Catering news - For this month's news - View magazine »
Energy, weight loss and detox in a box
If the new organic matcha tea from teapigs does what it says on the label, then farewell seasonal sluggishness, begone expanding girth and hello eternal youth – or maybe not. Matcha can certainly help with the above because, according to teapigs, this superhero amongst teas offers substantially higher nutritional values than other green teas, which have long been one of the beverages of choice for the health conscious.
Matcha is unique in that it is a shade-grown green tree that, when picked, is ground to a fine powder enabling it to be totally ingested into your body, unlike a regular green tea infusion where the nutritious leaves are discarded – 1g of teapigs matcha is equivalent to 15 cups of regular green tea.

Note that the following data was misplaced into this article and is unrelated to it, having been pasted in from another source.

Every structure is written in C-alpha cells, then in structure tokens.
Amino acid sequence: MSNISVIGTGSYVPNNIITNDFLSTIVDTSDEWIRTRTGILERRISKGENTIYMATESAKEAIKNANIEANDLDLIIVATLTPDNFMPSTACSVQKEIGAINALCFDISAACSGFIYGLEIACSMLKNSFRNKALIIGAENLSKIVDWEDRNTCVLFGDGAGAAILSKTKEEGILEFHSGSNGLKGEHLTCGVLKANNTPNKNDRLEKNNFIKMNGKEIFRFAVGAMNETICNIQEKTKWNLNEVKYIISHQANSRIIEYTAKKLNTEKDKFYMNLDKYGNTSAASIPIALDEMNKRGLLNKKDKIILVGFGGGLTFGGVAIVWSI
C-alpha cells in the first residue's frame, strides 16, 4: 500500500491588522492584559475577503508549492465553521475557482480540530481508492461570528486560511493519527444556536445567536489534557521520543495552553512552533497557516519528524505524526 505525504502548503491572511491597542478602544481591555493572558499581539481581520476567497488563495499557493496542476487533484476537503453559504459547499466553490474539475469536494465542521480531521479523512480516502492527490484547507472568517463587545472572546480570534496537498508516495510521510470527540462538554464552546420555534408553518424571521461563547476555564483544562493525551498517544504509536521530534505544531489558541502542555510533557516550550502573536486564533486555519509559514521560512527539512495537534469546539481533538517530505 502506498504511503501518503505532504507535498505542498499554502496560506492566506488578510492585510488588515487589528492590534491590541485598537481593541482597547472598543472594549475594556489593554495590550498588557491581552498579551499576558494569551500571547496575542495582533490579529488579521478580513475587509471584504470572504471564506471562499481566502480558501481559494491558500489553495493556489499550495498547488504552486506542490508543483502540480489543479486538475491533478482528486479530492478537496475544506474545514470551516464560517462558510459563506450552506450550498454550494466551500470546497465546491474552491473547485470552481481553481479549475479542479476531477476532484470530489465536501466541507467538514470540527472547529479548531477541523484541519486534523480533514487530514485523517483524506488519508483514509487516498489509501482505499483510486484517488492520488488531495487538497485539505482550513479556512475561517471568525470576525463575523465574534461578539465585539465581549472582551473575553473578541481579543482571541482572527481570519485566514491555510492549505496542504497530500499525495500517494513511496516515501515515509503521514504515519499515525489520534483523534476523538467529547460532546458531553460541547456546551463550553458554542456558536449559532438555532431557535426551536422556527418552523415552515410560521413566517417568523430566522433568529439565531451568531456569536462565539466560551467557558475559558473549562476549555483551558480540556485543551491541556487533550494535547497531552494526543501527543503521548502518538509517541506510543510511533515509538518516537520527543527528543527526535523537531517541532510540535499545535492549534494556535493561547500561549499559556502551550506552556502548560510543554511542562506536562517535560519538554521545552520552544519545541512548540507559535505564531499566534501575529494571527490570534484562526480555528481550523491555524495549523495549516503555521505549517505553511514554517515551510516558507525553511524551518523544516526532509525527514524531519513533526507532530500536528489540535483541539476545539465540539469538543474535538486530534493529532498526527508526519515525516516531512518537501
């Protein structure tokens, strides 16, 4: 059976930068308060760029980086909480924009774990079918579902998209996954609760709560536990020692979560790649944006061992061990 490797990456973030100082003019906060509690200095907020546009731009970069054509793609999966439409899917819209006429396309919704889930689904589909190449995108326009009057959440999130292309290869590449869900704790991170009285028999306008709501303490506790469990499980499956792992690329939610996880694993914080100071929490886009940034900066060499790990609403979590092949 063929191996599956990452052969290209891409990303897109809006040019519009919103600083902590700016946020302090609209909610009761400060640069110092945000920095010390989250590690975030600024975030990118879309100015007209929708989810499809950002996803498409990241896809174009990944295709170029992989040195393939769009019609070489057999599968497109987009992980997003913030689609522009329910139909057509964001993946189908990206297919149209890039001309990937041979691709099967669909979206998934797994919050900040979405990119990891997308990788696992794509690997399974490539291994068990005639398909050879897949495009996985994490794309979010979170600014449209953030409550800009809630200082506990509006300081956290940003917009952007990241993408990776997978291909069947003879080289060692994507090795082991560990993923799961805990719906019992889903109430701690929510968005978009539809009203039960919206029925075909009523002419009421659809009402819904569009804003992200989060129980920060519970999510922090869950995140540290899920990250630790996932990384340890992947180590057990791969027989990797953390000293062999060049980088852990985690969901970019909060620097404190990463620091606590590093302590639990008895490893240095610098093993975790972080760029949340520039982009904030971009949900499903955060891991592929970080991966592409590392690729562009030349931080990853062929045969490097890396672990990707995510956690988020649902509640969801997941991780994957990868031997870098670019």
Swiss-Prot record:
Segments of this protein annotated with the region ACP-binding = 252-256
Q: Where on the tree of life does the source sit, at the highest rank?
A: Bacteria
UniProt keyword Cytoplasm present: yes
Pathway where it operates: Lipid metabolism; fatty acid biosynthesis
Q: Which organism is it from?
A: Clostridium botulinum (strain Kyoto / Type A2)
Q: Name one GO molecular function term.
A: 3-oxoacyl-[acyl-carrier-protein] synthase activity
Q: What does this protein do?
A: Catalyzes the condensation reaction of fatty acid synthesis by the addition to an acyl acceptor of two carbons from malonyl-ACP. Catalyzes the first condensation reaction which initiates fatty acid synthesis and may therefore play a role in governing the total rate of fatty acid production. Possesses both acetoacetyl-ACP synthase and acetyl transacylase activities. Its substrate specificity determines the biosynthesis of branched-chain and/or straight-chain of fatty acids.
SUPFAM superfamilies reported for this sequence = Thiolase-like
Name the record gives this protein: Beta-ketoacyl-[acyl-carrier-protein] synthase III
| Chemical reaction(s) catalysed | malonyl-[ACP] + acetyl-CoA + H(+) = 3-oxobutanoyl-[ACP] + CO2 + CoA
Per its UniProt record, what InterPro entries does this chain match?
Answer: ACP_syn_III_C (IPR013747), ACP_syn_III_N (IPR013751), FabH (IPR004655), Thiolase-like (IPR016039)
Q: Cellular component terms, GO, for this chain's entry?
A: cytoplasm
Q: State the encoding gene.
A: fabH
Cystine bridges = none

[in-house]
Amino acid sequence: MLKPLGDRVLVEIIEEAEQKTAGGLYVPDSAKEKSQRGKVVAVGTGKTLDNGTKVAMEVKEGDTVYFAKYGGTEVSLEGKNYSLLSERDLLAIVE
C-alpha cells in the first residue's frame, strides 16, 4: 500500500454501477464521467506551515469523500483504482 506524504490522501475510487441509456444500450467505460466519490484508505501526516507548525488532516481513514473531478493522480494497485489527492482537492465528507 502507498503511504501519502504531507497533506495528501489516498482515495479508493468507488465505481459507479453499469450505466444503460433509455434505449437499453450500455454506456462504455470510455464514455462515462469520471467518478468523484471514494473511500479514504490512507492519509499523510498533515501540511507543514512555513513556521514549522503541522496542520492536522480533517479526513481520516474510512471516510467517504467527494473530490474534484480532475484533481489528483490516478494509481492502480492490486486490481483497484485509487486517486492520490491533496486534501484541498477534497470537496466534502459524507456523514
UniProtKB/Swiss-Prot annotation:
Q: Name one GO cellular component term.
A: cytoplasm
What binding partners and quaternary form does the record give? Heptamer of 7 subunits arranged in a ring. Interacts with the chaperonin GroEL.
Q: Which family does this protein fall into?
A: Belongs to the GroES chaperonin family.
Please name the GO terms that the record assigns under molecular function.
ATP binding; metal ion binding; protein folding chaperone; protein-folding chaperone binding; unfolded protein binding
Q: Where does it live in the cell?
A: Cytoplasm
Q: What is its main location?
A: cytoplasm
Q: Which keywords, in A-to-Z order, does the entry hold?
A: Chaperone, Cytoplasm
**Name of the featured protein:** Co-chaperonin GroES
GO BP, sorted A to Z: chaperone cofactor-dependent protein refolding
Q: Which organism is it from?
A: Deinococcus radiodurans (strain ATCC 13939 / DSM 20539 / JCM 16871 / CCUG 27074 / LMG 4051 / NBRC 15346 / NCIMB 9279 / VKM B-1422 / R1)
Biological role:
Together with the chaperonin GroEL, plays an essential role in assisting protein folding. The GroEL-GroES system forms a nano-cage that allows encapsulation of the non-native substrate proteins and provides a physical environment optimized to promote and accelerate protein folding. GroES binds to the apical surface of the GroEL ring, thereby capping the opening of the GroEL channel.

According to teapigs, not only does matcha boost your metabolism by about 30-40%, it also releases energy, giving you a boost lasting three to six hours. What’s more, matcha contains high levels of antioxidants, minerals, vitamins, and nutrients.
Until now the modest matcha has been kept under wraps and been enjoyed almost exclusively by Buddhist monks and Japanese royalty for over 900 years. Now however, the word is out and matcha is going down a storm with a considerably larger demographic.
Previous issues - For latest news & articles view this month's magazine »
Inside this issue
Well done, Jerome Calayag From Sweden Announced As The Winner Of S.Pellegrino Young Chef Regional Semi-Final, And W… https://t.co/zS8M8u7Yks
RT @FishNChipAwards: We love a friday... not just because it's the end of the week but also because it gives us an excuse to get fish and c…
With the festive season nearly upon us, now is the time to check that all is planned and ready both to embrace and benefit from this particularly busy time of year. Read more >
Britvic’s 2017 research into the importance of soft drinks at Christmas revealed that almost half of consumers (45%) were set to buy more soft drinks at Christmas and over a fifth (21%) planned to drink less alcohol. Read more >